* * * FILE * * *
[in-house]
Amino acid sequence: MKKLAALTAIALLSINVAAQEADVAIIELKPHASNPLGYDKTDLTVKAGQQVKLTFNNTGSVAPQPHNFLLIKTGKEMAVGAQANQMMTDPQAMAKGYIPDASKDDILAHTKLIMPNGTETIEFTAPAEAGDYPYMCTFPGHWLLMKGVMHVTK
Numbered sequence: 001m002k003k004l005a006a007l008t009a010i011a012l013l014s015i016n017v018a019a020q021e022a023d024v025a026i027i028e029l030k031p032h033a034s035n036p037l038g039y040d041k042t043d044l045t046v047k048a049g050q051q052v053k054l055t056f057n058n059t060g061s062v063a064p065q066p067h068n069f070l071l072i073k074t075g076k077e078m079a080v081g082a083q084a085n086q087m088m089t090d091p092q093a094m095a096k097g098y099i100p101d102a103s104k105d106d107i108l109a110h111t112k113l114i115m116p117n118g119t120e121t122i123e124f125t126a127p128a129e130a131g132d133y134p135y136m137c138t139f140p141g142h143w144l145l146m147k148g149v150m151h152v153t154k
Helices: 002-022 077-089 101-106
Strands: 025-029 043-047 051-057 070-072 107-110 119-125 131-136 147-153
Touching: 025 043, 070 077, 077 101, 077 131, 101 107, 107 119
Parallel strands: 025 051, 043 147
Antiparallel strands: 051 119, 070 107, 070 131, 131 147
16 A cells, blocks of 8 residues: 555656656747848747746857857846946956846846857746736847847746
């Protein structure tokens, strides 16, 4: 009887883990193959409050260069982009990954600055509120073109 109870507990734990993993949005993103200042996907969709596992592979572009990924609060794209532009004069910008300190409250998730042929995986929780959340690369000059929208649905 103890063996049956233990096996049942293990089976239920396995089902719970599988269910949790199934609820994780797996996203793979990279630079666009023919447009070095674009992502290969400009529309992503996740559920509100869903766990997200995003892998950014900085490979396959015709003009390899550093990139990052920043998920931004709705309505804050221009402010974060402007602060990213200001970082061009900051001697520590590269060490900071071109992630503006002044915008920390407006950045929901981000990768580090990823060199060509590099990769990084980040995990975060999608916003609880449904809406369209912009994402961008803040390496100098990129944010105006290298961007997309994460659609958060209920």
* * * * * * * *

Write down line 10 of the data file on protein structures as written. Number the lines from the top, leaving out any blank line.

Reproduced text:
């Protein structure tokens, strides 16, 4: 009887883990193959409050260069982009990954600055509120073109 109870507990734990993993949005993103200042996907969709596992592979572009990924609060794209532009004069910008300190409250998730042929995986929780959340690369000059929208649905 103890063996049956233990096996049942293990089976239920396995089902719970599988269910949790199934609820994780797996996203793979990279630079666009023919447009070095674009992502290969400009529309992503996740559920509100869903766990997200995003892998950014900085490979396959015709003009390899550093990139990052920043998920931004709705309505804050221009402010974060402007602060990213200001970082061009900051001697520590590269060490900071071109992630503006002044915008920390407006950045929901981000990768580090990823060199060509590099990769990084980040995990975060999608916003609880449904809406369209912009994402961008803040390496100098990129944010105006290298961007997309994460659609958060209920």